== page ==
Issue 9 – Element 9.0: Performance Evaluation
Element 9.0 – Performance Evaluation
What’s new in Element 9.0?… We covered the “operation” of the organization in my last Newsletter (ISO 9001:2015 Newsletter Issue 8), and now Element 9.0 (Performance Evaluation) focuses on “measuring” how your Quality Management System (QMS) is performing. For the most part Element 9.0 does not introduce any significant changes over the 2008 version. Some of the minor changes include a more prescriptive “General” lead-off section covered in Sub-Clause 9.1.1, which is a welcome change from the previous 2008 version which was essentially redundant. Customer Satisfaction and Internal Audit, which are two of the most critical sections of ISO 9001 remain pretty much unchanged. More specific “analysis”, along with an expanded scope for these analyses are changes that have found their way into this Element. Finally, “Management Review” has had some minor modification, the most important being the addition of this phrase “…and alignment with the strategic direction of the organization“. This represents one of the main changes that I’ve seen in this new edition of ISO 9001. They have attempted to connect the QMS with the “Business”, and this is just one example of tying these two together.
The new Clause numbering…
Section 4 – Context of the organization
Section 5 – Leadership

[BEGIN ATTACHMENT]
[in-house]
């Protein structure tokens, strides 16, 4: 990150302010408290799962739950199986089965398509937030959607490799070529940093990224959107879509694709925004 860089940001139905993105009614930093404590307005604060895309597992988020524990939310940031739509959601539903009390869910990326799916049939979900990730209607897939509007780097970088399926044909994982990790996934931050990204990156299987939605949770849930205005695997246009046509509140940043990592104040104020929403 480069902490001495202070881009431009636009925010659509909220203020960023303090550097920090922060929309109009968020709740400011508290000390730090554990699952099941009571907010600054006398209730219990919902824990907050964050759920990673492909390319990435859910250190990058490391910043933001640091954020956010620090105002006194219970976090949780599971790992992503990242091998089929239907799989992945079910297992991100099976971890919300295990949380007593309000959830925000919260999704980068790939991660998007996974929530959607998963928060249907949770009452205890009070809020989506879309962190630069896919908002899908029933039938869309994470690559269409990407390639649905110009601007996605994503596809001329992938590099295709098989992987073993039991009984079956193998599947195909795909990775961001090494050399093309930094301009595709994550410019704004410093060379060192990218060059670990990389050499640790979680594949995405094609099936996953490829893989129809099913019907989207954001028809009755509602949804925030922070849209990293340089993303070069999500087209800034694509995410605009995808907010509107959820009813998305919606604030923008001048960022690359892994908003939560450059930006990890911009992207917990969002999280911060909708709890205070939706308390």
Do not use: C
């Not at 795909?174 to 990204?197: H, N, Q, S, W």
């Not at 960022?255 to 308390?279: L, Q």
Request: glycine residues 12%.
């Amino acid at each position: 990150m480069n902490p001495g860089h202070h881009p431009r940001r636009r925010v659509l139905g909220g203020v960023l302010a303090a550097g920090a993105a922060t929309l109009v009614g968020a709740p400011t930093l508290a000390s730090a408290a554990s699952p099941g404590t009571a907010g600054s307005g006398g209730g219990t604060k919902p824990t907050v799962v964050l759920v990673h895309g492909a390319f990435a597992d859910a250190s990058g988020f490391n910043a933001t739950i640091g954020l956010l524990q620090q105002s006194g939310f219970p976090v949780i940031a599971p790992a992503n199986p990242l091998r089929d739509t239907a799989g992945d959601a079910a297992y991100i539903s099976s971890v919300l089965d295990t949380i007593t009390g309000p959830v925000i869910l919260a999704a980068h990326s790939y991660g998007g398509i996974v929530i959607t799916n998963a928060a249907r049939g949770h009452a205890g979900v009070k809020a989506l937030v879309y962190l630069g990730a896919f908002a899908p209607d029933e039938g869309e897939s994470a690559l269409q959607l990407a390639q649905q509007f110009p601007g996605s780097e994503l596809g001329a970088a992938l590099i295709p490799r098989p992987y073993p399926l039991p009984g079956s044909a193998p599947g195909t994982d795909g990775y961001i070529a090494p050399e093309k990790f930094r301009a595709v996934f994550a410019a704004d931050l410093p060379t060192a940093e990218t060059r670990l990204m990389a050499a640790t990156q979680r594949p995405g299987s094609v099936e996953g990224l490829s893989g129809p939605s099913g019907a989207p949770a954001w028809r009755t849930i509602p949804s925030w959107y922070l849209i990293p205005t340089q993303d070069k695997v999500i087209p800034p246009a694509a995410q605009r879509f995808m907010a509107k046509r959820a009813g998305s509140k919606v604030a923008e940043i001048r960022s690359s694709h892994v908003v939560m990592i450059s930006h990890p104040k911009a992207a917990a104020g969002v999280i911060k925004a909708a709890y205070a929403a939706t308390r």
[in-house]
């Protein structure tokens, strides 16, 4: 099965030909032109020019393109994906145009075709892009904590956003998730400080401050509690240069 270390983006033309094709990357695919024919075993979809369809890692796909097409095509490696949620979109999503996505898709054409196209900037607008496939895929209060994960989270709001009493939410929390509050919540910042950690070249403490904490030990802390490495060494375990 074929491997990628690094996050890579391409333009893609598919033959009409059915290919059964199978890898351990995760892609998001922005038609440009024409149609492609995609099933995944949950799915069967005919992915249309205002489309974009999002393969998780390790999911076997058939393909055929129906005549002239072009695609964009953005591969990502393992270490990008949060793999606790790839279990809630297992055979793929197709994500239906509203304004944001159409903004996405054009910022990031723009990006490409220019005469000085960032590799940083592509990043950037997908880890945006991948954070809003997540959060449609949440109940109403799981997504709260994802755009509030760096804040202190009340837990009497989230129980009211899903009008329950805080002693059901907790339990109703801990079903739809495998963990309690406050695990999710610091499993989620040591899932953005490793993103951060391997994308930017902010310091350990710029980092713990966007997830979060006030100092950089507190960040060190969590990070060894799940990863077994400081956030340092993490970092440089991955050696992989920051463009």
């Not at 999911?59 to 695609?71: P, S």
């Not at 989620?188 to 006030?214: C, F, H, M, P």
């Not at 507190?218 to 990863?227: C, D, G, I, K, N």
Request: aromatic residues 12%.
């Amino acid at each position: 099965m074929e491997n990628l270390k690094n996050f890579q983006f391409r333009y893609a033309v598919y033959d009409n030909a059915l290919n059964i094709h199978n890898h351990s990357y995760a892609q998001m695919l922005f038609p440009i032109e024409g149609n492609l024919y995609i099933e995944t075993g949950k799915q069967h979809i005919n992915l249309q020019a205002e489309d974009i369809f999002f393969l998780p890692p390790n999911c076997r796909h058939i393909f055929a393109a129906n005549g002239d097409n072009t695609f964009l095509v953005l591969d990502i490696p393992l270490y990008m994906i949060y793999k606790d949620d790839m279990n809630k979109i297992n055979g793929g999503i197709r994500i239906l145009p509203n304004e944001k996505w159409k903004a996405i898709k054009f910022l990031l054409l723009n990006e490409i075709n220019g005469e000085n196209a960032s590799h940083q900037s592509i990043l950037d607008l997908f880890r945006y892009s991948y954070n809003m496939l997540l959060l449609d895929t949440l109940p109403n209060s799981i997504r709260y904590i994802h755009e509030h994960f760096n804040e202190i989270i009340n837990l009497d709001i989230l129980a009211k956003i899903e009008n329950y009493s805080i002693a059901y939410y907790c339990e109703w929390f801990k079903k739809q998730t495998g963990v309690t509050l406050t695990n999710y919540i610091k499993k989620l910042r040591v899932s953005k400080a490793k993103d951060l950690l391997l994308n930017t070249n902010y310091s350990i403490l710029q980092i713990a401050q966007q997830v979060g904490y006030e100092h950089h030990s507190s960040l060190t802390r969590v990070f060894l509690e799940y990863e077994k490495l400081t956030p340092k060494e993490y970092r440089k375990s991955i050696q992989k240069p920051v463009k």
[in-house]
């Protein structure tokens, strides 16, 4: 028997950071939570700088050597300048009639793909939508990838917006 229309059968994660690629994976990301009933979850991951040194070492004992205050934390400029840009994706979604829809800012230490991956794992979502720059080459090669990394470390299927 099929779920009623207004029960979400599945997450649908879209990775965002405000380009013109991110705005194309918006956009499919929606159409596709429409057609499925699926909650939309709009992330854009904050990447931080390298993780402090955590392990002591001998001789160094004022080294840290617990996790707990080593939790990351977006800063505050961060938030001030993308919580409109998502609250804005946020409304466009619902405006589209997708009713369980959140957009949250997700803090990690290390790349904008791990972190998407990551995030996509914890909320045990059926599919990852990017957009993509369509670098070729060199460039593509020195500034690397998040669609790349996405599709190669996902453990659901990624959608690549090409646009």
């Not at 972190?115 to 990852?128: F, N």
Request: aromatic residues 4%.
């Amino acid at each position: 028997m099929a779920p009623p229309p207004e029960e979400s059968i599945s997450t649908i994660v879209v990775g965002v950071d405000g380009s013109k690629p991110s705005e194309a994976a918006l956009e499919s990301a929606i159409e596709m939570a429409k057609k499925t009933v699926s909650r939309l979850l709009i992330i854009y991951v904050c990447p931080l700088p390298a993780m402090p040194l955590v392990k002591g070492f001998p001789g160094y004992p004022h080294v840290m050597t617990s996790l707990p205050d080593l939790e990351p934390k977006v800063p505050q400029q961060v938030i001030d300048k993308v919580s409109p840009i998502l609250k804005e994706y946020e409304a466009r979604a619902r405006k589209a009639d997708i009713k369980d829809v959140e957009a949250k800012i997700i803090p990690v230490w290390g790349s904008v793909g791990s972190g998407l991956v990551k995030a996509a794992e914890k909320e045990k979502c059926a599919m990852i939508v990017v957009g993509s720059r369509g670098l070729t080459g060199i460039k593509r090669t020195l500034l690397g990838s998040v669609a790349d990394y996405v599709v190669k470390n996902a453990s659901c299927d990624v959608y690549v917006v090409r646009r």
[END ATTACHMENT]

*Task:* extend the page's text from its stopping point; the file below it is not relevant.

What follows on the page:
Section 6 – Planning
Section 7 – Support
Section 8 – Operation
Section 9 – Performance evaluation
Section 10 – Improvement
Element 9.0 Performance evaluation consists of three (3) Clauses as listed below:
9.1 Monitoring, measurement, analysis and evaluation
9.2 Internal Audit
9.3 Management Review
Clause 9.1 Monitoring, measurement, analysis and evaluation: This Clause contains three (3) sub-clauses, Sub-Clause 9.1.1 (General), Sub-Clause 9.1.2 (Customer satisfaction) and Sub-Clause 9.1.3 (Analysis and evaluation). As I mentioned above, the first sub-clause (9.1.1) is a more prescriptive version from 2008, and asks “when” monitoring and measurement will take place and “when” the data will be analysed. It is also asks for “documented information” as evidence. Sub-Clause 9.1.2 (Customer Satisfaction) contains much of the same from 2008 however it uses the term “Customer needs and expectations” rather than “Customer requirements” which makes it broader and more subjective as a criteria for measuring Customer satisfaction levels. Also, they’ve included the phrase “…shall determine the methods for obtaining, monitoring and reviewing this information“, with the new word “monitoring” having been added in from the previous 2008 version. Sub-Clause 9.1.3 (Analysis and evaluation) repeats many of the “shall” requirements from the previous 2008 edition, and adds two more areas of analysis (9.1.3 d and e) regarding the effectiveness of “planning activities” as well as determining how effective were your “actions taken to address risks and opportunities”.
Clause 9.2 Internal audit: This Clause contains two (2) sub-clauses, Sub-Clause 9.2.1 and Sub-Clause 9.2.2, neither of which have titles on them. In my introductory paragraph above I noted that there was really nothing new added to this Clause with the exception that the “internal audit process” will now need to cover a much broader range of QMS requirements than what auditors saw with the 2008 version. Although there is still a “Note” referencing ISO 19011 as a “guidance” document, let me take this opportunity to re-iterate that it still your choice how you train, and how you ensure competency of your Internal Auditors. The requirements of ISO 19011 are not a part of ISO 9001:2015 unless you make it so by including ISO 19011 within your QMS.